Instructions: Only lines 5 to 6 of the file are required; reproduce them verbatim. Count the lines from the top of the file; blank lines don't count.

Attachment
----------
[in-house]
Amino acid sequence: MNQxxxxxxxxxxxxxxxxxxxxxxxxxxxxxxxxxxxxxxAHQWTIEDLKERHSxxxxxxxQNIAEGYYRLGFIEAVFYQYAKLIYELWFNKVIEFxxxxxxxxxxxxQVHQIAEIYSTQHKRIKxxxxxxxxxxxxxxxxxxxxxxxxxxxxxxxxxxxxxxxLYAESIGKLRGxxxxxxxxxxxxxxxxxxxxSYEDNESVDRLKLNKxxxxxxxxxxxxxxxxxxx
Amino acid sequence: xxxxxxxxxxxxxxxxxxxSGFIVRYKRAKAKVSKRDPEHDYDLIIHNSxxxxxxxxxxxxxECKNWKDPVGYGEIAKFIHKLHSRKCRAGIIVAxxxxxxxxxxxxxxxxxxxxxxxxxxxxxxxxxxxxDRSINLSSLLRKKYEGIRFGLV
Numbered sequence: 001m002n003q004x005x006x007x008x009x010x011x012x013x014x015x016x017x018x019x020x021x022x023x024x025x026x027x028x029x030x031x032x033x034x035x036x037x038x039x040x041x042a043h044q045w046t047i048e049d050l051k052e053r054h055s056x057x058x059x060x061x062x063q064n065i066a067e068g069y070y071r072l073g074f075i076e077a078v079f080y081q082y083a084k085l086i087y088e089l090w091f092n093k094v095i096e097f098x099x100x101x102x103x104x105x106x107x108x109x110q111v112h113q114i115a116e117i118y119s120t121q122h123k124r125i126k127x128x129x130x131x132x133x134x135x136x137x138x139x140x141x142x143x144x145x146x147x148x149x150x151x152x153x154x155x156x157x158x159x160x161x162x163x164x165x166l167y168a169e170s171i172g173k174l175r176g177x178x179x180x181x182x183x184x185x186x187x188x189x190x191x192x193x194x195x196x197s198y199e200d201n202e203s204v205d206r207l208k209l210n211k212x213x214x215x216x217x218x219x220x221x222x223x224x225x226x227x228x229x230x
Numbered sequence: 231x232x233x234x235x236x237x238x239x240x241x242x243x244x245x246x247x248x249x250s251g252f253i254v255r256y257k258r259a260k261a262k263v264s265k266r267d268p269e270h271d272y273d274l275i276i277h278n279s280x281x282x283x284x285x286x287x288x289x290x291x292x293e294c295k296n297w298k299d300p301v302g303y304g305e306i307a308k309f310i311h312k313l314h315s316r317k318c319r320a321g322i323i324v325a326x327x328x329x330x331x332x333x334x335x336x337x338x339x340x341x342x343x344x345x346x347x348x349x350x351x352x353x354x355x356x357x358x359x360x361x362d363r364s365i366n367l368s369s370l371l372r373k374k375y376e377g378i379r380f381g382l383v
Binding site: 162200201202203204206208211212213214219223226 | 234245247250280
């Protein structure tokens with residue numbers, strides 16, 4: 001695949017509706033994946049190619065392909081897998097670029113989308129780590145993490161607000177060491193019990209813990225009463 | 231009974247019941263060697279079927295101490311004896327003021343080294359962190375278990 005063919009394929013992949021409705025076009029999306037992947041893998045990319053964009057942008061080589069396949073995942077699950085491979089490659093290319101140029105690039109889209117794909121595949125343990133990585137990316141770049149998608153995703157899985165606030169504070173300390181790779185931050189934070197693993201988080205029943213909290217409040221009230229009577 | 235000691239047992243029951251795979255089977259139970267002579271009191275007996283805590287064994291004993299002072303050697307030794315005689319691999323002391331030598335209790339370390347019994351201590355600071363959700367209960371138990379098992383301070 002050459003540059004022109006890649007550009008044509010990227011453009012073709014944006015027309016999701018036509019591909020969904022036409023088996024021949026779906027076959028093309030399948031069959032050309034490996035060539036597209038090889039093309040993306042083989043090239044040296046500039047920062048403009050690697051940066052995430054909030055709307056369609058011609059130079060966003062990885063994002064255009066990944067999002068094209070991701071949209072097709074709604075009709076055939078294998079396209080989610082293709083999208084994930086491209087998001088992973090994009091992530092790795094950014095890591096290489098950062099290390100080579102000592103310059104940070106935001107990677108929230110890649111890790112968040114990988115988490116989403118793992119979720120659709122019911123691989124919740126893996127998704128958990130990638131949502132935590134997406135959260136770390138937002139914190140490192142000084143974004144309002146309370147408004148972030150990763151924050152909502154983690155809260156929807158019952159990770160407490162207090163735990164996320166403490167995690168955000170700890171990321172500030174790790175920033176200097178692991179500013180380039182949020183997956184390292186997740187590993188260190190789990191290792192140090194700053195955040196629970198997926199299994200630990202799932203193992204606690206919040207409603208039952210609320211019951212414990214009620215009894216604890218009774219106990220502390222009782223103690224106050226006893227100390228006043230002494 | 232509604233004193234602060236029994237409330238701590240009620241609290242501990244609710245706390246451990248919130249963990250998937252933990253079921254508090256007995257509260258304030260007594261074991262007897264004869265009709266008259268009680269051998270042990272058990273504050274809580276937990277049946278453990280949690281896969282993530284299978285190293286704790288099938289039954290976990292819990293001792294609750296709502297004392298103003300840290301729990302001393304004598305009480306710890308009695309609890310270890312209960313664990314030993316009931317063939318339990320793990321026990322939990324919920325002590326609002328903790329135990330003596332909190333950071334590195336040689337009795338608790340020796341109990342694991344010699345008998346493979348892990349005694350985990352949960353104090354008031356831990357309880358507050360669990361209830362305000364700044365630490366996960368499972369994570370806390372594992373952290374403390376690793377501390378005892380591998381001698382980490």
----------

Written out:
Numbered sequence: 231x232x233x234x235x236x237x238x239x240x241x242x243x244x245x246x247x248x249x250s251g252f253i254v255r256y257k258r259a260k261a262k263v264s265k266r267d268p269e270h271d272y273d274l275i276i277h278n279s280x281x282x283x284x285x286x287x288x289x290x291x292x293e294c295k296n297w298k299d300p301v302g303y304g305e306i307a308k309f310i311h312k313l314h315s316r317k318c319r320a321g322i323i324v325a326x327x328x329x330x331x332x333x334x335x336x337x338x339x340x341x342x343x344x345x346x347x348x349x350x351x352x353x354x355x356x357x358x359x360x361x362d363r364s365i366n367l368s369s370l371l372r373k374k375y376e377g378i379r380f381g382l383v
Binding site: 162200201202203204206208211212213214219223226 | 234245247250280